• Turnover: An Important But Often Misunderstood Event for Homeowners’ Associations One of the most critical events a homeowners’ association will face is the “transition” or “turnover” of the association from the developer of the community to the homeowners of the community. However, many homeowners and purchasers may be unaware of what the process of turnover entails, or even what turnover of the community really means. “Transition” or “turnover” of the association means that homeowners in the community are entitled to elect at least a majority of the members of the board of directors of the homeowners’ association.    Read the article………..

Transition Article Archives

 

Buying/Selling

  • Three Reasons to Buy in an Established Condo Association When you are Condo shopping, there’s a tendency to want to see the newest and best construction. New buildings will have the most modern building codes, may be Leeds certified and environmentally friendly, and feature dazzling amenities. All of these are good things. However, if you’re an informed Owner, you know that a Condo is more than just the building – it’s the Association, the finances, and the Board. You really can’t know how strong a building is until it has had time to operate and come together. Here are some reasons to buy in an established Condo Association.   Read the article…………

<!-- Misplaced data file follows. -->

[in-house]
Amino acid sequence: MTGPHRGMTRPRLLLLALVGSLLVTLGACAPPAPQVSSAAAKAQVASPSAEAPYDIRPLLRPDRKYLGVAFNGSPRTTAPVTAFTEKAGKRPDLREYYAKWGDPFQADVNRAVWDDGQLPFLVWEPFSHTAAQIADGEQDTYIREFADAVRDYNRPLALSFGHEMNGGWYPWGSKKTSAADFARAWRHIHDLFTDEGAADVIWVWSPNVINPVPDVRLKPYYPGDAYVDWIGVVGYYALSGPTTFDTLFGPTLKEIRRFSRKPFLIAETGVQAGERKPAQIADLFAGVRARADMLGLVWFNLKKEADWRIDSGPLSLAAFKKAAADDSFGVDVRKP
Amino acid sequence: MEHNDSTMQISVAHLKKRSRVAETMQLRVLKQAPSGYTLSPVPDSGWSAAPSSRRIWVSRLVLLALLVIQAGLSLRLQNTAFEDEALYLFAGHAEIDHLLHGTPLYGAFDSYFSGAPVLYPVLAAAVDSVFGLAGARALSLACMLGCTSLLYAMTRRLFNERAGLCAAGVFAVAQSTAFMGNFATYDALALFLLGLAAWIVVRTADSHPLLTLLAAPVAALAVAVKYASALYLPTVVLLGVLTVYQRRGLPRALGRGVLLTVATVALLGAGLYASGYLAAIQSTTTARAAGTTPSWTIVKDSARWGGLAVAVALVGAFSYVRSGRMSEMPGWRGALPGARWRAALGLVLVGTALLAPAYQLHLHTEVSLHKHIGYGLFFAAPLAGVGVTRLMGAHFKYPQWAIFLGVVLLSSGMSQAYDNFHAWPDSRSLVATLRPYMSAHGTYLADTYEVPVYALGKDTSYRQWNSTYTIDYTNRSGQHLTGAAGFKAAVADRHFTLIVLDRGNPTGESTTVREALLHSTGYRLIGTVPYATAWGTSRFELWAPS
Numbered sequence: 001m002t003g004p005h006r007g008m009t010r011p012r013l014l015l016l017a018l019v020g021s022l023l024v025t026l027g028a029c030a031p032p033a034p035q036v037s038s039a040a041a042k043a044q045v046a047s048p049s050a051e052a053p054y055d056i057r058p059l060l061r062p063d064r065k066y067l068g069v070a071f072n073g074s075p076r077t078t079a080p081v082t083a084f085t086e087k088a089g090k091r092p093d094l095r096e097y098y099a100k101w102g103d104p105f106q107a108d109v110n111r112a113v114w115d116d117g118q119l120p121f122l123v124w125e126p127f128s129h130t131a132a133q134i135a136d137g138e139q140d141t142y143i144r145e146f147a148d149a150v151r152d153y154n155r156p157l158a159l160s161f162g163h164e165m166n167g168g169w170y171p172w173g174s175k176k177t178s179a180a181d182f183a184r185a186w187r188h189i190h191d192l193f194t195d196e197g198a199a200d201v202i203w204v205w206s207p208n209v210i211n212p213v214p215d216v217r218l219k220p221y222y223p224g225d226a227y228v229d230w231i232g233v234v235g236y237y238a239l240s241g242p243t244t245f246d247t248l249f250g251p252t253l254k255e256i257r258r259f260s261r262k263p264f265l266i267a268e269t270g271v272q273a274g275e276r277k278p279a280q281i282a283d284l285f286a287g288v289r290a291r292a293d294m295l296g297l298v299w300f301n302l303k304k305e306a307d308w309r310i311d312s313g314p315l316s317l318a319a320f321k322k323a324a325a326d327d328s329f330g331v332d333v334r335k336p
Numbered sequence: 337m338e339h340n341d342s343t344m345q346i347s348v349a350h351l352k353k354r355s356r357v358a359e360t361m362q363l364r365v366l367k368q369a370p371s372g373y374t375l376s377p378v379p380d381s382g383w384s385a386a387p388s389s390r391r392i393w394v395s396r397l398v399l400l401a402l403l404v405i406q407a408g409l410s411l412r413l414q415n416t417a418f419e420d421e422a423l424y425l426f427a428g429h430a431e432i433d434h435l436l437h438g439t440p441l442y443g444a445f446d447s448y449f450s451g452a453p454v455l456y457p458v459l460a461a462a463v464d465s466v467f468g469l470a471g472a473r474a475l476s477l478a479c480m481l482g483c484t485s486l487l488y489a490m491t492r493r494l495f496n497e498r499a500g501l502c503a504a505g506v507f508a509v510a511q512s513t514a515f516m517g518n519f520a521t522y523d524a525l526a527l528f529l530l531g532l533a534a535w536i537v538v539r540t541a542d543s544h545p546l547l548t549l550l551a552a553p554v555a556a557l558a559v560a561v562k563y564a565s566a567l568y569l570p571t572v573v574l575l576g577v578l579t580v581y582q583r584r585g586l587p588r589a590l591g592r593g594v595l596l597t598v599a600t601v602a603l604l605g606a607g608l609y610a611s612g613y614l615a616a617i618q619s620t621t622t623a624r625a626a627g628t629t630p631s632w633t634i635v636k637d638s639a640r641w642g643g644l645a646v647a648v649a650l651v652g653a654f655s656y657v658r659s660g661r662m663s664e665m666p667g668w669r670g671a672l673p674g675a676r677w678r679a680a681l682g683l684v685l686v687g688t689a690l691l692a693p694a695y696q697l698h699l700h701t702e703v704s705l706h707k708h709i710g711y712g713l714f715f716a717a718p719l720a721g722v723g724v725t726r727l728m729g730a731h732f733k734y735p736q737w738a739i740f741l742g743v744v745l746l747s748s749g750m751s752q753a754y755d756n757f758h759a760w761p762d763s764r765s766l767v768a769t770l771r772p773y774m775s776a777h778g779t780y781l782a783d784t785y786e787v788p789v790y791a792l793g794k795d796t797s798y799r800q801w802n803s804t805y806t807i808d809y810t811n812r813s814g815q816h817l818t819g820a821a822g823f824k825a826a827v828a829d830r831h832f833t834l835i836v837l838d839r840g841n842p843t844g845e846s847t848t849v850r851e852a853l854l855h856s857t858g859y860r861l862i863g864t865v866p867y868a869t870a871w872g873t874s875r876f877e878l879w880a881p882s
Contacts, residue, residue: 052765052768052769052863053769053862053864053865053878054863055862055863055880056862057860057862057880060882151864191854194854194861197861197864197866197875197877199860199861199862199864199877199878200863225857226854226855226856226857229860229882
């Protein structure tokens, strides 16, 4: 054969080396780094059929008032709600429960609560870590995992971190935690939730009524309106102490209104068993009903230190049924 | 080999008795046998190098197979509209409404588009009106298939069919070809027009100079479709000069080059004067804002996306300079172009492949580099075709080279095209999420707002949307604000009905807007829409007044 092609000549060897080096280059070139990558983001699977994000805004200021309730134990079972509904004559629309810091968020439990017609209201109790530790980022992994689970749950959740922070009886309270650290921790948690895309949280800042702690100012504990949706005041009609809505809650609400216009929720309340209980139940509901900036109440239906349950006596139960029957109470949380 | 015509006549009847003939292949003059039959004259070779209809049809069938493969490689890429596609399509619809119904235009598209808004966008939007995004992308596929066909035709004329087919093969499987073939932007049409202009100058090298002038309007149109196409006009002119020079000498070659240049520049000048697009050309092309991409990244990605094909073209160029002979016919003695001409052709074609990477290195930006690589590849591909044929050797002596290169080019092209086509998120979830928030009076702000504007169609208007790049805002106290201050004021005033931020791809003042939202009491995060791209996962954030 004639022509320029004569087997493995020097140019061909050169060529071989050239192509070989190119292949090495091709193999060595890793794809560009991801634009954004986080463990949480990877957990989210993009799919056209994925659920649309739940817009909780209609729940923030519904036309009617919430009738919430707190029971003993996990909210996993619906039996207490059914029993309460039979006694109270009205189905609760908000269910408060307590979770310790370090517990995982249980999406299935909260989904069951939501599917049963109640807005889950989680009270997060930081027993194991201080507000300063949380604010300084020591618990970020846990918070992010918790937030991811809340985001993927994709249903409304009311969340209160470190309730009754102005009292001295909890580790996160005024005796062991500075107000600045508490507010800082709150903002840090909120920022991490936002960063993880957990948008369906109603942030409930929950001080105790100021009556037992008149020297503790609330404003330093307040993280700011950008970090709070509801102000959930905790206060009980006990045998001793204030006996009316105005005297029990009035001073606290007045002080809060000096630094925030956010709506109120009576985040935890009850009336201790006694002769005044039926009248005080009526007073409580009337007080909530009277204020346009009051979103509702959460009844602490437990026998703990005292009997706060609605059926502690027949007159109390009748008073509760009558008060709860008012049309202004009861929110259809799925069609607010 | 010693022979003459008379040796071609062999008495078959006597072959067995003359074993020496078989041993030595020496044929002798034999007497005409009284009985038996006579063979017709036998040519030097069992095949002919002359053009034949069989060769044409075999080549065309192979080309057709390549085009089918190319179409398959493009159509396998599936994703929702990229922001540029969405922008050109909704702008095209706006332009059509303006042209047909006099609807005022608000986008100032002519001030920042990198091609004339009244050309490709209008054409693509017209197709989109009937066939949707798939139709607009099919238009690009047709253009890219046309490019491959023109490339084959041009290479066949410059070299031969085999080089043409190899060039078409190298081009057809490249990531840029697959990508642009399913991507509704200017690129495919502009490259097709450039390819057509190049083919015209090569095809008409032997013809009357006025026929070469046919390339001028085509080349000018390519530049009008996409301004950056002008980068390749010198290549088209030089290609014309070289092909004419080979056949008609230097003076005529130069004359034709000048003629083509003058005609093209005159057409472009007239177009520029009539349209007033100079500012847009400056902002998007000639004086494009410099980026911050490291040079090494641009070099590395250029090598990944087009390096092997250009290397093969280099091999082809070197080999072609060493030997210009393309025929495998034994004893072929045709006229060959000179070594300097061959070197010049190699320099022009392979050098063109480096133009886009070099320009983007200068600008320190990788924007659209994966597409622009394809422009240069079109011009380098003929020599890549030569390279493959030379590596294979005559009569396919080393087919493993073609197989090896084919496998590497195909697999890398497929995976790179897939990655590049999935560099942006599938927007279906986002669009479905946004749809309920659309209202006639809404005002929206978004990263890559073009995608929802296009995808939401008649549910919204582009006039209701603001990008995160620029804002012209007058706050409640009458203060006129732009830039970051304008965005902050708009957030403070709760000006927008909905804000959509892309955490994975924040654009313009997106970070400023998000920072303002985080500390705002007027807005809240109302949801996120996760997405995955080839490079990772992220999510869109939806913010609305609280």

• What is a Community Association? Unwrapping the Riddle There are approximately 14,000 planned communities located throughout North Carolina, but very few of the nearly 3 million residents of such communities have a clear understanding of what the heck the community association really is that serves their planned community or condominium.  In short, a community association is a nonprofit organization, either incorporated under the North Carolina Nonprofit Corporation Act (“Chapter 55A”) or unincorporated pursuant to the North Carolina Uniform Unincorporated Nonprofit Association Act (“Chapter 59B”). The association is formed to provide services and enforce the association’s declaration, covenants, articles of incorporation, bylaws, and rules and regulations (collectively, “Governing Documents”) within a planned community or condominium. The owners of lots or units are the members of the association.    Read ...